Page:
WASHINGTON -- A new report  calls on English instructors to design a new curriculum and develop new pedagogies -- from kindergarten through graduate school -- responding to the reality that students mostly “write to the net.”
“Pencils are good; we won’t be abandoning them,” said Kathleen Blake Yancey, author of "Writing in the 21st Century," a report from the National Council of Teachers of English. “They’re necessary, as a philosopher would put it, but not sufficient to the purpose.”
Yancey, a professor of English at Florida State University and immediate past president of NCTE, described by way of example the case of Tiffany Monk, a Florida teen who, during a flood caused by Tropical Storm Fay, observed that her neighbors were trapped in their homes. She took photos and sent an e-mail to a radio station; help soon arrived.
“This was composing in the 21st century. She chose the right technology, she wrote to the right audience,” Yancey said, during a panel presentation at the National Press Club Monday.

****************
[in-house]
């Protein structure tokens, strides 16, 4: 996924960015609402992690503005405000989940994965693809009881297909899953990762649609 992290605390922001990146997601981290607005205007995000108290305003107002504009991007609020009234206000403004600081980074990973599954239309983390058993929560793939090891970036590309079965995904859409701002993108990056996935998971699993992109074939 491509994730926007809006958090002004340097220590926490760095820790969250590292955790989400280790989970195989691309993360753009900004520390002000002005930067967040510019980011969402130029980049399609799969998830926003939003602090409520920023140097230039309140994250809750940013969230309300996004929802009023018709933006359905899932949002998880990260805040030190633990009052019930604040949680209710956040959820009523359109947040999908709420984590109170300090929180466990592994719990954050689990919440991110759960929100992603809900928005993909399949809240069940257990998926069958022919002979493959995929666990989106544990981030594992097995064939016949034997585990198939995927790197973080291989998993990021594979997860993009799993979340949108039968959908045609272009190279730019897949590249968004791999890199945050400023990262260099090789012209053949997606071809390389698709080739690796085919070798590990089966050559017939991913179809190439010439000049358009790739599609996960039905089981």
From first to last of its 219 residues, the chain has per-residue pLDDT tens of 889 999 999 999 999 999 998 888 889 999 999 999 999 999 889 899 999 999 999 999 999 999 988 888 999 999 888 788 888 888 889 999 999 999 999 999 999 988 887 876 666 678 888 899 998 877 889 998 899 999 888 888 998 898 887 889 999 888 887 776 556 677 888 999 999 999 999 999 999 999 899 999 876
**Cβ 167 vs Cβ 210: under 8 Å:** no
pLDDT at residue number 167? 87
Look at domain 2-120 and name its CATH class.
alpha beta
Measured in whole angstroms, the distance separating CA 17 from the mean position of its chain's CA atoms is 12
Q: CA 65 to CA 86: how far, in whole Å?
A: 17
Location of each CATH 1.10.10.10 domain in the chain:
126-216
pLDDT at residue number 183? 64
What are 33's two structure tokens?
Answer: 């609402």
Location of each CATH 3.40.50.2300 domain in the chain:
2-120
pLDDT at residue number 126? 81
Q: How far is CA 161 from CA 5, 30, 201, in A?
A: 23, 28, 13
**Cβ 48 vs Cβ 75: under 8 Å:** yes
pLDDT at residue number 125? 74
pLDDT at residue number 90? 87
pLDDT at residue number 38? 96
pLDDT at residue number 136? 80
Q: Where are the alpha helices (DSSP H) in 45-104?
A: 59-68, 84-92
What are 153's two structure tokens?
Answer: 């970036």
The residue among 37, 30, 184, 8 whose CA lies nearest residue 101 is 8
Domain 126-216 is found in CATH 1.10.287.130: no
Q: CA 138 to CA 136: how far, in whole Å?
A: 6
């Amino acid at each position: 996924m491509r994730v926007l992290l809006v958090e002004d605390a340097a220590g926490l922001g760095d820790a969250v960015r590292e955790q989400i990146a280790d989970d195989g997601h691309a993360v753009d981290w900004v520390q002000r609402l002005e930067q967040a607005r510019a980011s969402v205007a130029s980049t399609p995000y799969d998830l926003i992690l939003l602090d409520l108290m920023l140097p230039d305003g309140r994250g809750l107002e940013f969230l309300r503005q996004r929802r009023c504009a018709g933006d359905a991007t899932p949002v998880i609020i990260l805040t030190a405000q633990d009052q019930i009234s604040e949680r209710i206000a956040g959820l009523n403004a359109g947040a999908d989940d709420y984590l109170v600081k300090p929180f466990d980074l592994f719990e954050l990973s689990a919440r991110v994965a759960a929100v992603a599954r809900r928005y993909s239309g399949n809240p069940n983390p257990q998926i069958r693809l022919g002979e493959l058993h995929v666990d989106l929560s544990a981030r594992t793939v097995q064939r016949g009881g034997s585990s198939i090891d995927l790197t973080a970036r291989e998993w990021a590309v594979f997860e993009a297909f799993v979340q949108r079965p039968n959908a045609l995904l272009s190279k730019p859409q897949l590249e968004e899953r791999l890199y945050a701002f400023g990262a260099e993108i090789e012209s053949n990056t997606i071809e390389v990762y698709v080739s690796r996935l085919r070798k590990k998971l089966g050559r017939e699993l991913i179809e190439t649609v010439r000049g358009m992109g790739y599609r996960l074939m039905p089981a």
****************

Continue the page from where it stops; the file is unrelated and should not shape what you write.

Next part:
Where did Monk learn to do this? Not in school, said Yancey, where “we write on a topic we haven’t necessarily chosen. We write to a teacher; we write for a grade.”
Also on Monday, NCTE announced a National Day of Writing (October 20) and plans to develop a National Gallery of Writing intended to expand conventional notions of composition. Starting this spring, NCTE is inviting anyone and everyone to submit a composition of importance to them, in audio, text or video form; acceptable submissions for the gallery include letters, e-mail or text messages, journal entries, reports, electronic presentations, blog posts, documentary clips, poetry readings, how-to directions, short stories and memos.
Amid all the focus on new platforms for writing, a panelist who made his name  as a nonfiction writer in pre-digital days, Gay Talese, made a case for old-fashioned research methods. Research, he said, “means leaving the desk; it means going out and spending lots of time with people. ... The art of hanging out, I call it."
“Googling your way through life, acquiring information without getting up, I think that’s dangerous,” Talese said.
“The modality isn’t what’s crucial,” said Kent Williamson, executive director of NCTE. What is, he continued, is “a commitment to the process” and deep engagement with a subject.